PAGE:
LH: The brewing actually helps me with my work at Celtic Renewables because it is also a biological process that involves raw materials, sugars, proteins, enzymes and micro-organisms. From this, I am aware of the importance of nutrients, pH, temperature etc. So, although I am not a trained microbiologist I have an appreciation of what is important during the inoculation and fermentation processes. I’m hoping that it will also work the other way and all of these microbiologists might be able to help me brew even better beer! I’ve certainly got plenty of volunteers to do some taste testing for me!
You have also written a book about beer brewing, what led you to do this and what was the process like for you?
LH: I have a number of beer recipe books and have brewed many of these recipes but I decided I wanted to try recreating beers that I had tasted but didn’t have their recipes. So I started trying to research ingredient information for beers which would be a good starting point for developing recipes. Over the years I ended up finding information for thousands of beers! Initially, I collected these in a database, just for my own use, but then I realised that self-publishing was a way of distributing this information to the wider brewing community. The publishing process is very simple and allows you 100% control of content, format, price etc. I enjoyed this whole process of creating a book and putting it out there and I even get a little bit of royalties back. It’s not much, but enough for a few pints of beer a month!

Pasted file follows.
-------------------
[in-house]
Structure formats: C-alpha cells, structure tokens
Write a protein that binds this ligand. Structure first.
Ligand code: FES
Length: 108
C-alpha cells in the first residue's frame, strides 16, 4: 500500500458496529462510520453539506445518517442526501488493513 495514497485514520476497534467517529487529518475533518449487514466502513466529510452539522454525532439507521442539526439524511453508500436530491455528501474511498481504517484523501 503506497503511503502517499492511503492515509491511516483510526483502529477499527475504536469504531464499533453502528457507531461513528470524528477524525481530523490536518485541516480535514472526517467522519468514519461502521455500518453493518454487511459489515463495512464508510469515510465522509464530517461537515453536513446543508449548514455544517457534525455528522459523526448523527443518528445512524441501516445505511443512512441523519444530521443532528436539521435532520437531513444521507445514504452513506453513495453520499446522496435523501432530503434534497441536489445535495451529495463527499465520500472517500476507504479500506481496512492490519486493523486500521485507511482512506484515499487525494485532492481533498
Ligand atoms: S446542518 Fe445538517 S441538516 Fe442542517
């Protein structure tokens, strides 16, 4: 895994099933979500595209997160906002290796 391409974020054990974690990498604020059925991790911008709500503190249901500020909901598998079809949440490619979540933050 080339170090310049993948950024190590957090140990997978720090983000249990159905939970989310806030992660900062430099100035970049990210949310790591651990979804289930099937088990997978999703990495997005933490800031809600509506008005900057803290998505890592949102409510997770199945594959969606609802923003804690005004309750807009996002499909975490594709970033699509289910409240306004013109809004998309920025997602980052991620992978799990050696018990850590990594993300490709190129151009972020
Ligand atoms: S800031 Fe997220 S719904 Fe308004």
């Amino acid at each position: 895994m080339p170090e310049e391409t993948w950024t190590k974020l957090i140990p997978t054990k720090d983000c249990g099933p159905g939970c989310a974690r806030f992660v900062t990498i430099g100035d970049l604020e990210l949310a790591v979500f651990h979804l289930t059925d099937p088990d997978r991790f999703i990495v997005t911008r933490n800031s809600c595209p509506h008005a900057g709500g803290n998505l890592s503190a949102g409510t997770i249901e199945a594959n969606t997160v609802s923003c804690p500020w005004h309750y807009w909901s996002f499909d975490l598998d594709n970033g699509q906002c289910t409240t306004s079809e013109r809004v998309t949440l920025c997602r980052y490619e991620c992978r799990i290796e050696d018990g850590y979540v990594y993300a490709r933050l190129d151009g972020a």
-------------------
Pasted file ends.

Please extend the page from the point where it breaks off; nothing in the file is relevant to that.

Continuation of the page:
Again, I think that is relevant to Celtic Renewables because I enjoy the writing process so have no problems writing reports or other documentation. I always say, if you do some work and you don’t write it up, you might as well not have done it, because nobody will know about it unless you capture it.